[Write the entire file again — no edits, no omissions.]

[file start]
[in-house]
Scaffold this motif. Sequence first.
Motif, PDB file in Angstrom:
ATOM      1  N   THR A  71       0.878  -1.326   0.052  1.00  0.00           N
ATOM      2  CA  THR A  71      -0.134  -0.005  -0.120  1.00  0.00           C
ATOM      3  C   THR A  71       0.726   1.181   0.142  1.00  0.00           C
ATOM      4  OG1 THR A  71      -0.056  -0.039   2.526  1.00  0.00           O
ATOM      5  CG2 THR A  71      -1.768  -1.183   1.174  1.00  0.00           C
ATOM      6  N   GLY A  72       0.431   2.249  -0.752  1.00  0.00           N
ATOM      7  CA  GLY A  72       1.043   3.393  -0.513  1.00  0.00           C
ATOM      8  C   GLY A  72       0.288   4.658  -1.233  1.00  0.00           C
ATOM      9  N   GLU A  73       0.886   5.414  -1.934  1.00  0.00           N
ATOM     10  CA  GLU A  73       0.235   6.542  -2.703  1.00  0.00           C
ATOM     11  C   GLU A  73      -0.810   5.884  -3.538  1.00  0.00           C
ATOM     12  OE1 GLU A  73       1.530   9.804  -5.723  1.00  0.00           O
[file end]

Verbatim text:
[in-house]
Scaffold this motif. Sequence first.
Motif, PDB file in Angstrom:
ATOM      1  N   THR A  71       0.878  -1.326   0.052  1.00  0.00           N
ATOM      2  CA  THR A  71      -0.134  -0.005  -0.120  1.00  0.00           C
ATOM      3  C   THR A  71       0.726   1.181   0.142  1.00  0.00           C
ATOM      4  OG1 THR A  71      -0.056  -0.039   2.526  1.00  0.00           O
ATOM      5  CG2 THR A  71      -1.768  -1.183   1.174  1.00  0.00           C
ATOM      6  N   GLY A  72       0.431   2.249  -0.752  1.00  0.00           N
ATOM      7  CA  GLY A  72       1.043   3.393  -0.513  1.00  0.00           C
ATOM      8  C   GLY A  72       0.288   4.658  -1.233  1.00  0.00           C
ATOM      9  N   GLU A  73       0.886   5.414  -1.934  1.00  0.00           N
ATOM     10  CA  GLU A  73       0.235   6.542  -2.703  1.00  0.00           C
ATOM     11  C   GLU A  73      -0.810   5.884  -3.538  1.00  0.00           C
ATOM     12  OE1 GLU A  73       1.530   9.804  -5.723  1.00  0.00           O